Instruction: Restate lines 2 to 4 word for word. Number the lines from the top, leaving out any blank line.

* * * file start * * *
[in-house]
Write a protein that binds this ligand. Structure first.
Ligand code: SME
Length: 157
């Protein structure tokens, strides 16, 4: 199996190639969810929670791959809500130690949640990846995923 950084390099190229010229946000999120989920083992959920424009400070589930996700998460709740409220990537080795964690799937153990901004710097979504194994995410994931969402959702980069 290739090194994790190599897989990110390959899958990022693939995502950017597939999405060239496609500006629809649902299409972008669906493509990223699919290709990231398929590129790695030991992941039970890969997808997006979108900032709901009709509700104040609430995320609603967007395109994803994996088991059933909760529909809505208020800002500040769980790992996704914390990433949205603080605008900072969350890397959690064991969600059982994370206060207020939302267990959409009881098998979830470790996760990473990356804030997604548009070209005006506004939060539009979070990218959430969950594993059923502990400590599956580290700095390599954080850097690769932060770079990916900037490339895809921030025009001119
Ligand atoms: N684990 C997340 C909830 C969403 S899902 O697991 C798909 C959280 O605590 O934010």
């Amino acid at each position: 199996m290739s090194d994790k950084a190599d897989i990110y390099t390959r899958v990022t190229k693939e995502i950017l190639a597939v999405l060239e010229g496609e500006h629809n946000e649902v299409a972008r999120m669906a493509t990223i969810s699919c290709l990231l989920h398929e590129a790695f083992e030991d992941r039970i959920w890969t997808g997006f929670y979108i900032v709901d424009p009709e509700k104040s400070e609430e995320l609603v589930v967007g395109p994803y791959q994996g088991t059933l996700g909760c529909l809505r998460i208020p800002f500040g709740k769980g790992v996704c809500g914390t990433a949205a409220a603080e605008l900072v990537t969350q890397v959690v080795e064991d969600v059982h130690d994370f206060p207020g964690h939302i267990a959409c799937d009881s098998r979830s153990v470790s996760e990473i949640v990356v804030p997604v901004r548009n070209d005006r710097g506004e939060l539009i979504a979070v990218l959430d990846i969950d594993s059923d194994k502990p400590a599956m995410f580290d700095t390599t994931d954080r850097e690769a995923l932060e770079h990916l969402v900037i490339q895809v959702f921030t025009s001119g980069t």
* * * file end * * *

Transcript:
Write a protein that binds this ligand. Structure first.
Ligand code: SME
Length: 157